extremism

Words, words, and more words.

In a world of increasing disinformation, it’s more important than ever to be armed with actual information. And being curious about the meaning, nature, and origins of things is a rewarding journey in and of itself.

Think of these dictionaries as tools for your mind — they can help you make connections between concepts, understand the terminology being used in the media and all around you, and feel less lost in a sea of dizzying complexity and rapid change. A fantastic vocabulary also helps you connect with people near and far — as well as get outside your comfort zone and learn something new.

Dictionaries List

This section includes dictionaries and definitions of important terms in important realms — and is continually being built out. Stay tuned!

Terms and Concepts

Psychology

Definitions and terms relating to the study of the mind, including ideas from social psychology and political psychology.

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One of two major parties in our American first-past-the-post voting system of dual-party reality, the Republican Party, has evolved (or devolved…) into a full-throated authoritarian movement seeking to overthrow our democracy, The Constitution, and the rule of law in order to establish a fascist regime in the United States. It’s been a not-so-secret fever dream on the right for decades and even centuries — and the old guard reflexively senses their time is coming to an end.

The demographic changes underway in America are inexorable — by the 2024 election cycle 8 million new young voters who have turned 18 since the 2022 mid-terms, and 5 million seniors aged 65 and up will have died. The first group will vote overwhelmingly Democratic, while the second group represents the ever-dwindling base of the Republican Party. Although historically older voters have participated at much higher rates than the youth voting percentage, the rate of increase for the 18-24 group is much higher.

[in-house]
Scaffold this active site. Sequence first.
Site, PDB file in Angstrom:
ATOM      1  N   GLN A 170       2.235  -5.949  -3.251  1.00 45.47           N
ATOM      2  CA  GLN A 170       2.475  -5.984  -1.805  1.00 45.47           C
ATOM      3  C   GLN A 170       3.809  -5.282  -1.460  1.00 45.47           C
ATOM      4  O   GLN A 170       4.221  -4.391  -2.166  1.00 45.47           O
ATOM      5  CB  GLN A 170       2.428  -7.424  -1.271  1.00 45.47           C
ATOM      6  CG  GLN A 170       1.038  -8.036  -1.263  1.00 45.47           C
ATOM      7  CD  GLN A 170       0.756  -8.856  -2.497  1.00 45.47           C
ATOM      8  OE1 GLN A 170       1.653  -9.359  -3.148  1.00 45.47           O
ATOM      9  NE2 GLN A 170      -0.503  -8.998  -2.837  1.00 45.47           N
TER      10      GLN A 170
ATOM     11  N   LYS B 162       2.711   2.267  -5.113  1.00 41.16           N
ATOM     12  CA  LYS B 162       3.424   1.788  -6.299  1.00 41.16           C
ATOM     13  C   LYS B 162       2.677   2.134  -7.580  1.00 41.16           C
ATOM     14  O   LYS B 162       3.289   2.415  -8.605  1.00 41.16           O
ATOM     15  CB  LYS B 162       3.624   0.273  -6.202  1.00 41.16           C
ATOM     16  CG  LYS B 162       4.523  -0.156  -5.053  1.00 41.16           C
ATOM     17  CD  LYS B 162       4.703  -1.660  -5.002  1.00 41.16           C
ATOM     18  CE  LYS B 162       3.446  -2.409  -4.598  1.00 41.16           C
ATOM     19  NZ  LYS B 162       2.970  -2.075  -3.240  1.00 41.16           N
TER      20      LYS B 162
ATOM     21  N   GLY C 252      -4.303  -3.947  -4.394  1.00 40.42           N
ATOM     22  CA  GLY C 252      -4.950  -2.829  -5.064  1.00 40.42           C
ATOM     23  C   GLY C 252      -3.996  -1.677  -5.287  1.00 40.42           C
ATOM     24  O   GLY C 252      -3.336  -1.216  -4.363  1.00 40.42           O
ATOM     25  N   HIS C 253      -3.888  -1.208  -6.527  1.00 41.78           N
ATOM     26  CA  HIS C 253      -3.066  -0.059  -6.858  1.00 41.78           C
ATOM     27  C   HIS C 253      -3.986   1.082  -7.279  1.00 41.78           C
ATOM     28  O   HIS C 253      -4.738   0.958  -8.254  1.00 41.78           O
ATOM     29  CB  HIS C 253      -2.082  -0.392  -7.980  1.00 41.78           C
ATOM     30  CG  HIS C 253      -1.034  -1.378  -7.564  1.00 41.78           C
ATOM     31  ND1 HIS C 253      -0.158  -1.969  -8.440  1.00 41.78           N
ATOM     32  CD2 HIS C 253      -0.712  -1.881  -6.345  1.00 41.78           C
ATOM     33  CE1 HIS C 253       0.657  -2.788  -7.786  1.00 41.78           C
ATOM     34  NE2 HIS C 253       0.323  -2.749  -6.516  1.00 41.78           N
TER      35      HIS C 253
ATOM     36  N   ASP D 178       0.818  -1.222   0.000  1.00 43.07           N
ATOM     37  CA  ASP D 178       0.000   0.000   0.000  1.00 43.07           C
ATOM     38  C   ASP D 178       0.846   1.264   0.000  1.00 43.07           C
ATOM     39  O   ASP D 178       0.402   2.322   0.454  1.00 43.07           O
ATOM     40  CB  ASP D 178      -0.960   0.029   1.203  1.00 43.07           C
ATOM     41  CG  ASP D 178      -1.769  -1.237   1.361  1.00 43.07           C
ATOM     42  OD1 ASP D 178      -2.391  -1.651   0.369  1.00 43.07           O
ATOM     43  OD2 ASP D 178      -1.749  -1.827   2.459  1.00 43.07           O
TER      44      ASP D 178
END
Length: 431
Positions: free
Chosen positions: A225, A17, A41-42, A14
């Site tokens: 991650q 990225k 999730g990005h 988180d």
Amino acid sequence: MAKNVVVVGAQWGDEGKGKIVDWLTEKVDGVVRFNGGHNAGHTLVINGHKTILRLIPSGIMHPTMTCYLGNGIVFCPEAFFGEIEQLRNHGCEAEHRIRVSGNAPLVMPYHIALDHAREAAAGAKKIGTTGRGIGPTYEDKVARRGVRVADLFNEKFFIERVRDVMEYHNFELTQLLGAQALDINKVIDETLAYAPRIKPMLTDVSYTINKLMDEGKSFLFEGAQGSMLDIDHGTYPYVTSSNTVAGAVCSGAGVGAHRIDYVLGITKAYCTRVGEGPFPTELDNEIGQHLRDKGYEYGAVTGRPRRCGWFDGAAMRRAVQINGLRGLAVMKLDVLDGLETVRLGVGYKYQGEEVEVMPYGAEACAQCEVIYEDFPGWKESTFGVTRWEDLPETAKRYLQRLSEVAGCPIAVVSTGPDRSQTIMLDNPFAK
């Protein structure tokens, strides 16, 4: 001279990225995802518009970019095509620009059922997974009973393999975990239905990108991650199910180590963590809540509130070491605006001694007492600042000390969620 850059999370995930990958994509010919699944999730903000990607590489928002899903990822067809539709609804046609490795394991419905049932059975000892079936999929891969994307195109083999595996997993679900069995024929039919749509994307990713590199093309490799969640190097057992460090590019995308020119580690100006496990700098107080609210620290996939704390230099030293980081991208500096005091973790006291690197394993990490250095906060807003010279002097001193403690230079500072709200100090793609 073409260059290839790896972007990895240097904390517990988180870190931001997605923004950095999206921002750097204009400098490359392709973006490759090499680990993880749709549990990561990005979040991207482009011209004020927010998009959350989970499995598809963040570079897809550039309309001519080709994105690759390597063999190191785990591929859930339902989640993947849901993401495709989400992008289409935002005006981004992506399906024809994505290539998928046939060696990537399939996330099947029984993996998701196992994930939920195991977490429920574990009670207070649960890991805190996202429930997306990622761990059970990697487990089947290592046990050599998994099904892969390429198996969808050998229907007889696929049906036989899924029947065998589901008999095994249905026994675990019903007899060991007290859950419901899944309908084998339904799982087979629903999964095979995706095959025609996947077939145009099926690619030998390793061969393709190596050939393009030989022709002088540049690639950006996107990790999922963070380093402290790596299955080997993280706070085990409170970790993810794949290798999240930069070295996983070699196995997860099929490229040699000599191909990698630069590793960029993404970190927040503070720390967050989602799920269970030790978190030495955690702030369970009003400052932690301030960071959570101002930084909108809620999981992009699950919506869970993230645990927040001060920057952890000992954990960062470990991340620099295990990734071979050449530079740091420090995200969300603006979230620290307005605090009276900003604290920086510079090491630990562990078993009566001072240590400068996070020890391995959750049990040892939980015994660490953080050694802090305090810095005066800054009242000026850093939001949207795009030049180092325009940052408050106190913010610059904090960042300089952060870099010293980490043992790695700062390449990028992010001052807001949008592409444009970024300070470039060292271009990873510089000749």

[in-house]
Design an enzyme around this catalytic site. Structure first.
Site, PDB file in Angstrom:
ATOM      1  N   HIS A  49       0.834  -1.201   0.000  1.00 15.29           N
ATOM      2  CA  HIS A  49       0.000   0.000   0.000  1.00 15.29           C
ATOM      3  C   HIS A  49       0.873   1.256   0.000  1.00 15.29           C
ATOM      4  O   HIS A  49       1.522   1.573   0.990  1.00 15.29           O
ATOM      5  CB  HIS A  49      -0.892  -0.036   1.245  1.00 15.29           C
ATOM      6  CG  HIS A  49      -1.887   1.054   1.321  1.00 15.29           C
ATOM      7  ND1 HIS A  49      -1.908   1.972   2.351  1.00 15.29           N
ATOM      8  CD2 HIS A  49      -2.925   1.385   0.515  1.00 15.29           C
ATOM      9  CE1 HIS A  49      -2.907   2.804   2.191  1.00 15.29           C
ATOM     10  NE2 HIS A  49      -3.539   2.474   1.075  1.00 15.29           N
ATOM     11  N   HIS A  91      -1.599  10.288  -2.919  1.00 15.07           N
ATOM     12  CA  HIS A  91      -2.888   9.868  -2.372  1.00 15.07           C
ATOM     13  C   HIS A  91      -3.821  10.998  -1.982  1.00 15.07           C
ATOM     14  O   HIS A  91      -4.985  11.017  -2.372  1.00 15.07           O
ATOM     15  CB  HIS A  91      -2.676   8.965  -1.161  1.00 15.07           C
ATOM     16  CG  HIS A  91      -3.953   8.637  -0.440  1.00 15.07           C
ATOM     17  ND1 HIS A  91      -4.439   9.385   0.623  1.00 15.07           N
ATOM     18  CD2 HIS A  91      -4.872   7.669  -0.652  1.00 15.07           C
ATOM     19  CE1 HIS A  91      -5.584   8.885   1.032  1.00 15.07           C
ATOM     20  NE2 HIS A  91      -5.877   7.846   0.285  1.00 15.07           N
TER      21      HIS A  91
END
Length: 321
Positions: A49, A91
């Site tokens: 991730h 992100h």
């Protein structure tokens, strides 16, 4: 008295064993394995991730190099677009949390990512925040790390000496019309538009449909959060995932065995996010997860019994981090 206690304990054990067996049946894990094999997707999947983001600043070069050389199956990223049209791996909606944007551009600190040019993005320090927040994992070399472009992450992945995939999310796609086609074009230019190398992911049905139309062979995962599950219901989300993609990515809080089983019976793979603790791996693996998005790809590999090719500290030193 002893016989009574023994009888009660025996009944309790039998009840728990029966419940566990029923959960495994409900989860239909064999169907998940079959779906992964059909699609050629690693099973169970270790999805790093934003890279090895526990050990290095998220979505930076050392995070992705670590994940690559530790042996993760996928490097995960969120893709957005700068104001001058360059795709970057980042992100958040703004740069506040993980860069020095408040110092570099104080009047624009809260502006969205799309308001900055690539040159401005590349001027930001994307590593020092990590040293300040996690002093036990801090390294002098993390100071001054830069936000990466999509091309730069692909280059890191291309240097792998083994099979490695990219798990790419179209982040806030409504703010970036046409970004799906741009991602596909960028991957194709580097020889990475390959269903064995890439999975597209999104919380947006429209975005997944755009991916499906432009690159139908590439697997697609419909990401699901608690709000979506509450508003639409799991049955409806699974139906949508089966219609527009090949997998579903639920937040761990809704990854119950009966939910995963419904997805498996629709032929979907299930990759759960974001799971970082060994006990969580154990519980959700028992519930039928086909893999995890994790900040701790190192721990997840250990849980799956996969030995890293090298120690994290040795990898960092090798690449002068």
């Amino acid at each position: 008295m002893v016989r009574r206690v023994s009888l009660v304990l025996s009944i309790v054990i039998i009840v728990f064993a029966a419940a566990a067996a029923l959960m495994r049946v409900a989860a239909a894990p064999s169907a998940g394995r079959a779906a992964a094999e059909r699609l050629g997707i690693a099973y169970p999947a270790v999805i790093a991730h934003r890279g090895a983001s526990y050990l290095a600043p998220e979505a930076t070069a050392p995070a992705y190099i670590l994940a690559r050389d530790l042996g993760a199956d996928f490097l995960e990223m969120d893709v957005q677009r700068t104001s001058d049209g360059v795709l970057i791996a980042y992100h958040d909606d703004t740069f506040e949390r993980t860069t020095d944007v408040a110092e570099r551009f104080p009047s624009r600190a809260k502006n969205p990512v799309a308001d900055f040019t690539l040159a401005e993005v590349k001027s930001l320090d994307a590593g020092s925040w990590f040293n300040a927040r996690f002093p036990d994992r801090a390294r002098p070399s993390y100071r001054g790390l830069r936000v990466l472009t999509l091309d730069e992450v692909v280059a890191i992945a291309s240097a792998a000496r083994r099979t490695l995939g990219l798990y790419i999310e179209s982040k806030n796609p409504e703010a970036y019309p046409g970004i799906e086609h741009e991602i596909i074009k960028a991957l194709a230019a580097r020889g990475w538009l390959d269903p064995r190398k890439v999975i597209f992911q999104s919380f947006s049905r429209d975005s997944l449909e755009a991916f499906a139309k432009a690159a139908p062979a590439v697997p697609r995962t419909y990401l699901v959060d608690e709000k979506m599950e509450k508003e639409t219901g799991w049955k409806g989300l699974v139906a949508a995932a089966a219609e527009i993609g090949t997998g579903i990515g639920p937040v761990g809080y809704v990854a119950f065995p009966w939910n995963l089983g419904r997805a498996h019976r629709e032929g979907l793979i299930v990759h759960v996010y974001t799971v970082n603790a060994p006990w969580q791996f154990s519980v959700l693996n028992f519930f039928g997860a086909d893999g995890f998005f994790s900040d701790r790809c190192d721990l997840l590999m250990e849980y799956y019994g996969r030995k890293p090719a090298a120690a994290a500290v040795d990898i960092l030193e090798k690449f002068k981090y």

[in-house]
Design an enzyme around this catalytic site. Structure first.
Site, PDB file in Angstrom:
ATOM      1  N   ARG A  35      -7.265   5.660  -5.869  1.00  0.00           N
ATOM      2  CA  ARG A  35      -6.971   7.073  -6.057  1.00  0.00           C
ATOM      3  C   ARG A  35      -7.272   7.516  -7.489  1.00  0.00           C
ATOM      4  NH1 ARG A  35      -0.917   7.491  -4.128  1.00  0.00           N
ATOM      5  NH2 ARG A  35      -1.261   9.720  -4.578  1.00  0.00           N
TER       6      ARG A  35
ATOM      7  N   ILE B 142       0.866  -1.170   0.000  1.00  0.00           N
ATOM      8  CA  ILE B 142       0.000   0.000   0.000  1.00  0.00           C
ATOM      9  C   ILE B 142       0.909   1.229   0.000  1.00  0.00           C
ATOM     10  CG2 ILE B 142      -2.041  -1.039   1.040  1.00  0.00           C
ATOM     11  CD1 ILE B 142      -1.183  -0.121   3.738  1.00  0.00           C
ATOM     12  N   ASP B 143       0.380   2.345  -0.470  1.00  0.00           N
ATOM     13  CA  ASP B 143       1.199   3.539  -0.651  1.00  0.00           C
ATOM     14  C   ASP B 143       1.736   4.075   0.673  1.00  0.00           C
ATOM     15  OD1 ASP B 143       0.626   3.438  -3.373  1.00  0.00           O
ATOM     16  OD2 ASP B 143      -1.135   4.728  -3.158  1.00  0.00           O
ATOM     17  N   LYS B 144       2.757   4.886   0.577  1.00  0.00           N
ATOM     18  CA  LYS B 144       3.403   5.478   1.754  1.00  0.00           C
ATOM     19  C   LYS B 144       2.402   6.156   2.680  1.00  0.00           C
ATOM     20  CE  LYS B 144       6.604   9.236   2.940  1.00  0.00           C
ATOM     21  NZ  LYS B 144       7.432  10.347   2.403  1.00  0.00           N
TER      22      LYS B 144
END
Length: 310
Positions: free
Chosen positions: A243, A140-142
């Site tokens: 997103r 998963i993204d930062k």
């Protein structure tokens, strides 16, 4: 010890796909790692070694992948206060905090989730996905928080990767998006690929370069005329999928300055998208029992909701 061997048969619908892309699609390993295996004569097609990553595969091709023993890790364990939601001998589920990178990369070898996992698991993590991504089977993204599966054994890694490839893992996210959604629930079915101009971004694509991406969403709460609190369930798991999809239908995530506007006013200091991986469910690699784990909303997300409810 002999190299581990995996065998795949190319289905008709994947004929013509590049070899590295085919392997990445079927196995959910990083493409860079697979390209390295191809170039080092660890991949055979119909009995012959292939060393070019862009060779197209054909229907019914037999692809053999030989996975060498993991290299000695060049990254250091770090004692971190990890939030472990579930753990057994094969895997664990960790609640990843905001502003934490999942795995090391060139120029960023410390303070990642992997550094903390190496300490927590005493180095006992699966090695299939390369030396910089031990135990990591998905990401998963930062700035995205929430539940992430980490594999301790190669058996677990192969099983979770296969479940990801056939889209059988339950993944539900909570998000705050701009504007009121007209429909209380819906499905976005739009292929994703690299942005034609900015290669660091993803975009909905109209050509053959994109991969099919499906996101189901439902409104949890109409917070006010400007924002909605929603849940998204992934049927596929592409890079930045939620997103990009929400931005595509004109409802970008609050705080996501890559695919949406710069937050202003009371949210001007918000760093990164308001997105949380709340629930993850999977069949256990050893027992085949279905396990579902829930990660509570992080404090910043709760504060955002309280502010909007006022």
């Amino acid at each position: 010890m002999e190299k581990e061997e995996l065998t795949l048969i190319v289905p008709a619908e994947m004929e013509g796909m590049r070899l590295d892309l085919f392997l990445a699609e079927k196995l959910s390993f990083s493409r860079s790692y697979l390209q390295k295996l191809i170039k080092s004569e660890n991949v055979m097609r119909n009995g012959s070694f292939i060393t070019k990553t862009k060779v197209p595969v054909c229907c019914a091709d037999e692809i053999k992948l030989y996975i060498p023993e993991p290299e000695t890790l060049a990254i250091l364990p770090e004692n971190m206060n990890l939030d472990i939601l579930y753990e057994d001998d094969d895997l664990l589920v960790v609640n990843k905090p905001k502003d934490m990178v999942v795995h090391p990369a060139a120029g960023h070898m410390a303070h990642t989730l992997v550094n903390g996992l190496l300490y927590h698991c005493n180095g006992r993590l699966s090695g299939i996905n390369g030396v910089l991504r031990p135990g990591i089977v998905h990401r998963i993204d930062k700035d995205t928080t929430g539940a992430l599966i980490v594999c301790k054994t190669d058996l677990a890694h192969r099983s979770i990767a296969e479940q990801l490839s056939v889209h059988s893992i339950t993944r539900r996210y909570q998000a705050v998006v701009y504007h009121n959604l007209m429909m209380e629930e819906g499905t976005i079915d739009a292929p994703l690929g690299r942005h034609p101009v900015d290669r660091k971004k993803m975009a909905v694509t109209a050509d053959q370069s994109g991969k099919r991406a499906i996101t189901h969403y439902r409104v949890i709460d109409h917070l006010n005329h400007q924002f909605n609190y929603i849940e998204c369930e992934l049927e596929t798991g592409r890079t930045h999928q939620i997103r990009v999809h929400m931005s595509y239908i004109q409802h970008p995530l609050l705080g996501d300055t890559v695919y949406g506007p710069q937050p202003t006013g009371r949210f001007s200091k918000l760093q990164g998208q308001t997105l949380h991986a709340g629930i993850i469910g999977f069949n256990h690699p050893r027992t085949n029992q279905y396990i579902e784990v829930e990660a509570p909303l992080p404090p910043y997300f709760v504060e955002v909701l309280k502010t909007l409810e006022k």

Faced with these realities and the census projection of a majority minority population in the United States by the year 2045, the Republican right-wing is struggling to keep piecing together a voting base that can achieve victories in electoral politics. The GOP is now 3 cults in a trenchcoat, having been hollowed out and twisted to the point of trying desperately to hold increasingly extreme factions together for another election cycle in which they can try to capture power forever through gerrymandering and other anti-democratic election engineering — or at least long enough to erase the evidence of their criminal behavior during the Trump years culminating in a coup attempt on January 6, 2021.

The 3 Republican cults are as follows:

  1. The Wealth Cult — led by Charles Koch and a collection of dark money groups including Leonard Leo’s Federalist Society and the American Legislative Exchange Council (ALEC)
  2. The Christian Nationalist Cult — led by Mike Pence, Mike Flynn, and others under the umbrella of the Council for National Policy (CNP)
  3. The White Nationalist Cult — led by Steve Bannon and Roger Stone, with a parallel intertwined branch led by Peter Thiel and the Dark Enlightenment neo-Reactionaries of Silicon Valley. This group includes dominant private militia groups involved in the January 6 insurrection including the Proud Boys and Oath Keepers.

The Wealth Cult

Led by Charles Koch et al, the mostly aging, Boomer crowd who controls much of the US government either directly or indirectly as a donor or operative is starting to panic for one reason or another: the fear of death looming, existential worries about thwarted or unmet ambition, economic turn of the wheel starting to leave their fortunes in decline (with inflation as a common boogie man since the Wall Street Putsch of the 1930s). Much of this crowd inherited the free market ideological zeal of the Austrian School of economics from their fathers along with their trust fund fortunes that some have squandered (Trump), tread water with (Coors, Scaife), or grown (Koch, DeVos).